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Hannah Arendt: A Life in Dark Times (Icons)

by Anne C. Heller

Series: Icons (8)

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The life and the work of Hannah Arendt appears interwoven in this short book. Anne Heller refers the main events of Arendt's life and discuss some of her most important books. Giving context to "Eichmann in Jerusalem" and "The Origins of Totalitarianism", the author provides useful tools to comprehend it. Arendt's ideas, in many aspects beyond the time in which they were exposed, emerge in a comprehensive way in this introductory work. ( )
  MarcusBastos | Mar 20, 2016 |
Life is complicated, and so is evil

Hannah Arendt: A Life in Dark Times by Anne C. Heller (New Harvest, $20).

The most recent in New Harvest Publishing’s Icons series of short biographies of giants in philosophy, science and the arts is Hannah Arendt: A Life in Dark Times by Anne C. Heller.

While it’s not comprehensive—impossible, in a mere 150 pages—it does provide a very good overview of Arendt’s remarkable and controversial life. Heller does an excellent job of covering the outrage that surrounded Arendt’s reporting on the trial of Nazi war criminal Adolf Eichmann for the New Yorker (later expanded and published as Eichmann in Jerusalem: The Banality of Evil), as well as illuminating the posthumous discovery of her affair with Nazi philosopher Martin Heidegger, situating both in Arendt’s life experience.

This is a well-written and concise introduction to a fascinating life.

(Reviewed on Lit/Rant: www.litrant.tumblr.com) ( )
  KelMunger | Oct 20, 2015 |
“Things looked different after she had looked at them”

Short but deeply fascinating, this book about Hannah Arendt covers both her life and the evolution of her thinking in less than 140 pages. It opens with the controversy surrounding her coverage of the 1961 trial of Nazi officer Adolf Eichmann in Israel, and her pithy but divisive “banality of evil” observation, then cycles back to her turn of the century childhood in Prussia, where her highly educated, politically liberal, religiously agnostic family had established itself several generations previously after leaving czarist Russia.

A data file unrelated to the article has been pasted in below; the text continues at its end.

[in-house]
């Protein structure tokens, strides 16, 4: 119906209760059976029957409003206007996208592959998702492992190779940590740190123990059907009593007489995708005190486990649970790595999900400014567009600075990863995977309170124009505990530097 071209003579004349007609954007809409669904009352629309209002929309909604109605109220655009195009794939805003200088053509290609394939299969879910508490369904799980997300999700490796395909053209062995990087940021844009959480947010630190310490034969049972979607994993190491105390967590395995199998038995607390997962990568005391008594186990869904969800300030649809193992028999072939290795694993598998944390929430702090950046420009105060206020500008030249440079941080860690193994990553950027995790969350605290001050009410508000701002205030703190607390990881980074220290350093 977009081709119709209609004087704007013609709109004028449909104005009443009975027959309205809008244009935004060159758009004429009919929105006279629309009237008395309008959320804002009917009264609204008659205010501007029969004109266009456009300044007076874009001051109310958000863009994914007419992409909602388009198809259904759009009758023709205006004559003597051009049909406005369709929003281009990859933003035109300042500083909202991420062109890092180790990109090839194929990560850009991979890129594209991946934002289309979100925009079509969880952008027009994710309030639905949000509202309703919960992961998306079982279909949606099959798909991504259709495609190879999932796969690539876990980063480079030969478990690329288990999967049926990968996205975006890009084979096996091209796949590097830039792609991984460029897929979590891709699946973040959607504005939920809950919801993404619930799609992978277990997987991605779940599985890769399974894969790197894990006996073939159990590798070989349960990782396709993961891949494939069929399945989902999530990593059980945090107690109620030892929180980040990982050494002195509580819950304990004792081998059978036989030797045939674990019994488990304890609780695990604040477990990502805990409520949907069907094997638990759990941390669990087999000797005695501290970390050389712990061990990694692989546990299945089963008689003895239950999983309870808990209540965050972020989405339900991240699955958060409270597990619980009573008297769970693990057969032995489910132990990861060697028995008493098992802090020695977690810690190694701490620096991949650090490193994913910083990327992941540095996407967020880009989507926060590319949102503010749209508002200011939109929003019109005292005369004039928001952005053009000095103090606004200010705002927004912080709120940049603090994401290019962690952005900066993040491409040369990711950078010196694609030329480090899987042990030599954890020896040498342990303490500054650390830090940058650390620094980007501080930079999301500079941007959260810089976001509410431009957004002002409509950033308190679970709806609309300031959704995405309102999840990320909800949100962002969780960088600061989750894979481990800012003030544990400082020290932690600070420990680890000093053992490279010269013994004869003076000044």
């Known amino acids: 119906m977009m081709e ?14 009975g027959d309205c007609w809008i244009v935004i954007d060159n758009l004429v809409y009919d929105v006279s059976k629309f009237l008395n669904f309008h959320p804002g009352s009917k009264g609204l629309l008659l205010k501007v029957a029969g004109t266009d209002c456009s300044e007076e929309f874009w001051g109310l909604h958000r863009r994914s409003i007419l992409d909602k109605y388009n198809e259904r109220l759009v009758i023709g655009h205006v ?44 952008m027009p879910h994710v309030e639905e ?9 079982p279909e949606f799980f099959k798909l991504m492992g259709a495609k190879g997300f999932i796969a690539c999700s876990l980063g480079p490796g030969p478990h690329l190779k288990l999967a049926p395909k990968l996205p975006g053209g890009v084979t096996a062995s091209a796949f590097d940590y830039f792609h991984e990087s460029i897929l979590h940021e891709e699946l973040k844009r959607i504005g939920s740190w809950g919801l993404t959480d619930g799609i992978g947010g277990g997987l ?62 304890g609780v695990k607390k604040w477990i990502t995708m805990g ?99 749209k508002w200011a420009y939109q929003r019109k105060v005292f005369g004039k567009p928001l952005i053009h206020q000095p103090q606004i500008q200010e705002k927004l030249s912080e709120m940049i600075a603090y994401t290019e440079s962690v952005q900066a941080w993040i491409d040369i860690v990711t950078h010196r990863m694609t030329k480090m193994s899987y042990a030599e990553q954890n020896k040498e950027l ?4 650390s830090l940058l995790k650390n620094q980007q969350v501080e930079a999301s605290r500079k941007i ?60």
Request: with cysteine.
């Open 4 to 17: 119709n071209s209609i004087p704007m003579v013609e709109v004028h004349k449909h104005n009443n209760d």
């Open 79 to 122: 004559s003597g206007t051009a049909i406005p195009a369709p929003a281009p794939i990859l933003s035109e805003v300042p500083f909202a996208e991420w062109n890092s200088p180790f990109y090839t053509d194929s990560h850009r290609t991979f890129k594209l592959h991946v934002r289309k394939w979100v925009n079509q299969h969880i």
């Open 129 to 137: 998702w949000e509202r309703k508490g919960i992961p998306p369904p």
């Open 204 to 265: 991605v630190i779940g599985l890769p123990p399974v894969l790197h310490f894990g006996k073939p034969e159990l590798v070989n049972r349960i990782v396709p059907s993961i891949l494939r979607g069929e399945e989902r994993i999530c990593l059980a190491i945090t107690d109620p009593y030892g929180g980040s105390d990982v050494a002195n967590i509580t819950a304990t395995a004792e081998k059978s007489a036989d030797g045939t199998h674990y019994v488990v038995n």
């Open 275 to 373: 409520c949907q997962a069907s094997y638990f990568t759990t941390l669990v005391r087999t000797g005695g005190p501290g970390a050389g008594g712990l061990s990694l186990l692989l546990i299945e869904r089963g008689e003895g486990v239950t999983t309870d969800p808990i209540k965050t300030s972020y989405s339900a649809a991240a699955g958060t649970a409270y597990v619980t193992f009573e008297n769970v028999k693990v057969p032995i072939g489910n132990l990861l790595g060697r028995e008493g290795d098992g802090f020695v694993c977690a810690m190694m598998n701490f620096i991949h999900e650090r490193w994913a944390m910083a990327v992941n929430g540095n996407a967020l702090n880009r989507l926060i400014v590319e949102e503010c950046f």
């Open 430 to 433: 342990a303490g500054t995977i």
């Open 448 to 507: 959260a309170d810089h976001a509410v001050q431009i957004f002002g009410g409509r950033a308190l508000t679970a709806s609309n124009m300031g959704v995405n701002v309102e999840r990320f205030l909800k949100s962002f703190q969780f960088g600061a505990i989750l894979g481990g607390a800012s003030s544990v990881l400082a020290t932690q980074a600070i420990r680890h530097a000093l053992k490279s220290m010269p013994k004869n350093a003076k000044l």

Even as a child it was obvious Arendt possessed a prodigious intellect, but unsurprisingly that did not make her life easy. Her father died when she was seven and she had to flee Nazi Germany as a young woman, resettling first in Paris and later in the United States. Before leaving Germany she studied and had an affair with the Nazi involved philosopher Martin Heidegger, a relationship she had trouble renouncing even as she embraced her Jewish roots more and more avidly.

I was drawn right into this book. It was refreshing to read about someone devoted to the life of the mind rather than the pursuit of fame, political power, or wealth. Even though the book is not long it doesn’t feel slight because it plunges right into the heart of Arendt’s life and intellectual development. I have never read a book so copiously footnoted, all the author’s sources are cited right there in the text, which I appreciate but it did take some initial effort to not be distracted by them.